EARLIER: “Opening night at Via Veneto

Illustration of Via Veneto by Christopher Wright

Elite’s new name: The Tailor’s Son

The wiring and lettering on the vintage sign were removed on February 28.

THE LAST TRACES of the legendary Elite Cafe — a beacon of hospitality on Fillmore Street for decades — have disappeared. The lettering on the vintage neon sign has now been removed, along with the wooden booths inside.

The Elite’s new name: The Tailor’s Son, in honor of owner Adrianno Paganini ’s father, who was a tailor. The sign is being reworked to announce the new name. During earlier incarnations, the same sign proclaimed the Asia Cafe and the Lincoln Grill.

EARLIER: “Elite no more

Elite Cafe is turning Italian

The new owner plans to restore the original Art Deco facade.

DRAGGED-OUT negotiations between Andy Chun, who held the lease on the now-dark Elite Cafe, and serial restaurateur Adriano Paganini have finally been resolved, and renovation work has begun.

The new owner of the iconic Fillmore building, Rick Howard — who also owns Harry’s Bar across the street — hopes to strip off some of Chun’s black paint and restore the building’s original Art Deco facade. The awning is already gone.

Also going: the blackened wooden booths inside — and probably the name, too, which means a reworking of the vintage neon sign out front.

Look for — but don’t bet on — a January 2020 opening.

What went wrong at Noosh?

It was on top of the world, but then Noosh, at 2001 Fillmore, went dark.

FILLMORE BEAT | CHRIS BARNETT

Noosh, the hot new California-inspired Mediterranean restaurant at Fillmore and Pine, rocketed off the launch pad in February and soared to great heights, only to explode the week before Thanksgiving when the money partner suddenly announced he was firing and suing his two highly lauded chef partners.

CEO John Litz on November 21 locked out the chefs and staff and posted a sign on Noosh’s front door saying the restaurant was “cooking up something new” and would be “closed for a couple of days.” By early December, he was still trying to re-open, now with a new “culinary advisor” — prominent pastry chef Emily Luchetti.

Chefs Sayat and Laura Ozyilmaz, the husband and wife team who have cooked in five of the world’s top 50 restaurants and were christened “rising stars” by the Chronicle in September, declared themselves “devastated to have been separated from their fans, customers and the family they have built with the employee team at Noosh.”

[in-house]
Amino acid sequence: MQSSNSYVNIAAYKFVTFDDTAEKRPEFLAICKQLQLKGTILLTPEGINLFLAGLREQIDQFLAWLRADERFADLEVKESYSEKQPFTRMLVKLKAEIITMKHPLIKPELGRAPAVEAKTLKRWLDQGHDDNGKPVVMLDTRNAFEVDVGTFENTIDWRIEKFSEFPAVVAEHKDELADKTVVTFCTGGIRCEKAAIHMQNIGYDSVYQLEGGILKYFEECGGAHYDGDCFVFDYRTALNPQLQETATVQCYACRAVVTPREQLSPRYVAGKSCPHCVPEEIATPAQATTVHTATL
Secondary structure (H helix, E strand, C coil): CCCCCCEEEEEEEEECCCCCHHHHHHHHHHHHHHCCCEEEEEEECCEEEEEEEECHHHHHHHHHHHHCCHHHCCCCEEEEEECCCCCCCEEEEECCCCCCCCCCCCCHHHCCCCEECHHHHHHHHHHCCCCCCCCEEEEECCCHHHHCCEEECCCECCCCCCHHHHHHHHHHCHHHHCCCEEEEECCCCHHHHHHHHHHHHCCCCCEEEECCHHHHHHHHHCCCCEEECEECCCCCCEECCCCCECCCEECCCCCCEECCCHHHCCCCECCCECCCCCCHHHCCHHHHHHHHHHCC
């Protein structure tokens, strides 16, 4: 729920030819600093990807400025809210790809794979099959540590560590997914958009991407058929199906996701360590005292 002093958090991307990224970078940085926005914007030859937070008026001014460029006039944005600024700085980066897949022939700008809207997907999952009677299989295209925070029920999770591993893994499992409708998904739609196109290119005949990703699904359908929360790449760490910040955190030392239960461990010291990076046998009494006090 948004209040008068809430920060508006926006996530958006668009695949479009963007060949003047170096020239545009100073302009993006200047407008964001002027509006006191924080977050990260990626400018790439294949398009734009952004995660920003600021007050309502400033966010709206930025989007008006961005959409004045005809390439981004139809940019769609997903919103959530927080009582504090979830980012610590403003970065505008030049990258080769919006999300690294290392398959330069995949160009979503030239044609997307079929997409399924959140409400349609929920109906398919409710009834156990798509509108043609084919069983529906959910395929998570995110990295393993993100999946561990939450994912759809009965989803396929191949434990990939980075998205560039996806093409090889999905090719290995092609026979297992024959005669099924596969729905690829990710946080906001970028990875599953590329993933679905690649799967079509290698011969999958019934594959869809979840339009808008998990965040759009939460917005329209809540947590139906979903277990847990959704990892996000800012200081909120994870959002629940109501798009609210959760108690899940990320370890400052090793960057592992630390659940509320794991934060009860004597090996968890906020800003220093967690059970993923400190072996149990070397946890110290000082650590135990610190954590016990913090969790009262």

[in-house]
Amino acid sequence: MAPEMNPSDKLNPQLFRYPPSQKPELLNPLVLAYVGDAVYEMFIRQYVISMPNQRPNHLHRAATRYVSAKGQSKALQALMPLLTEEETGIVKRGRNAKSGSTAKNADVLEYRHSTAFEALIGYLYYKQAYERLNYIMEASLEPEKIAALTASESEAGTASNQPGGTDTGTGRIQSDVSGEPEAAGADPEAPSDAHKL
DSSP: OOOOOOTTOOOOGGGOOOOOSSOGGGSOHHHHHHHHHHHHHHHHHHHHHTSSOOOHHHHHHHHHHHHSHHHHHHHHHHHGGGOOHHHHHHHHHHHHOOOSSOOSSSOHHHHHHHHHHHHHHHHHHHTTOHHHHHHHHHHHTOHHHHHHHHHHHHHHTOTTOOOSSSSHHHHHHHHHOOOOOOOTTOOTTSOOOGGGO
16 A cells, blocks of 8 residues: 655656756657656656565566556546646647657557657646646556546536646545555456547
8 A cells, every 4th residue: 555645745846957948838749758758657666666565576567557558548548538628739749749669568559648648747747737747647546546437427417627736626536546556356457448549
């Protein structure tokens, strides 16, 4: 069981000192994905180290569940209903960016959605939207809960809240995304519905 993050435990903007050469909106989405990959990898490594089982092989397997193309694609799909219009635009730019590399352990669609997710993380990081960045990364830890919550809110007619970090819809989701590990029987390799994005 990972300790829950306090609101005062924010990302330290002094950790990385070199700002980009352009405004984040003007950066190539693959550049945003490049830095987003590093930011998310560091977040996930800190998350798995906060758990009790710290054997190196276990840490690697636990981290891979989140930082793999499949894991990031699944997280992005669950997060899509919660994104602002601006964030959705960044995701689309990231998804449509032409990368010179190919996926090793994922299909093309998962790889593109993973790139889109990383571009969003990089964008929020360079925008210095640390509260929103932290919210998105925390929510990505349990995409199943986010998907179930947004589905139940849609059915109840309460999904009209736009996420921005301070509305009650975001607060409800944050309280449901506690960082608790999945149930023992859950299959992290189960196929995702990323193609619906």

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Farmers market loses a pioneer

Albert Terry’s son-in-law Ephriam Walters on his final day at the Fillmore market.

PRODUCE FROM Terry Farms, picked just the day before, made its final appearance at the Fillmore Farmers Market on November 2 after owner Albert Terry died earlier in the week.

He was one of the original vendors when the market started in 2003 in the parking lot at Fillmore and Eddy, later to become the site of the Fillmore Heritage Center.

“He was there from the beginning,” said his daughter Lisa Terry-Walters. He had learned about the new market as a board member of the sponsoring Pacific Coast Farmers Market Association. 

“After going himself for the first couple of years, he started sending employees,” she said, but they soon wanted to quit. “It wasn’t worth it because they weren’t making enough even to cover the cost of going.”

So Terry started coming to Fillmore again and established an easy rapport with customers and the other farmers.

“He always knew that Fillmore was a special deal, and it became a market that was very personal for him,” his daughter said. “This is the only market he attended regularly himself.”

Terry Farms specialized in peaches — especially white varietals and old-fashioned clings — and pluots. In the fall there were grapes, persimmons and pomegranates.

A decade ago, Terry asked his son-in-law, the tough ex-Marine Ephriam Walters, to come with him to Fillmore. “So I cancelled my fishing trip and came,” Walters said. For the past five years, Walters has been in charge, and has built a strong base of customers who return every week for his fresh fruit and no-nonsense approach.

“When I got out of the Marines, it was hard for me to transition,” Walters said on his final Saturday morning at the Fillmore market, as he bade farewell to his regulars. “This market has helped me. It has changed so much, but a lot of these people I’ve been dealing with for 10 years.”

Walters said the market paid Terry’s medical bills in recent years as he battled heart disease and had to stay close to the ranch he farmed for 51 years in Denair, in Stanislaus County.

Now the family is putting the farm on the market.

“Our family is very hopeful the farm will be purchased by another farmer who will continue to be as passionate about the products the farm produces as my dad was,” said Terry’s daughter, and Ephriam’s wife, Lisa. “With any luck, they will be able to attend the Fillmore market.”

OBITUARY: Albert Leroy Terry (1938-2019)

PacBag was the local gathering place

The PacBag reigned as the neighborhood’s living room for a decade.

By THOMAS REYNOLDS

Behind the crowds queueing up outside the hot new restaurant Noosh, on the corner of Fillmore and Pine, is a small brass plaque recalling an earlier incarnation of the space when it was home to the late and much-lamented Pacific Heights Bar & Grill.

The PacBag, as it was known, was a pioneering restaurant that reigned as the neighborhood’s living room for a decade.

“It was the neighborhood Cheers,” the bar on the television show where everybody knows your name, says Marilyn Fisher, a lawyer who lived nearby and was a regular.

“It was like Cheers,” agrees co-owner Susie Bashel. “People came in almost every day.”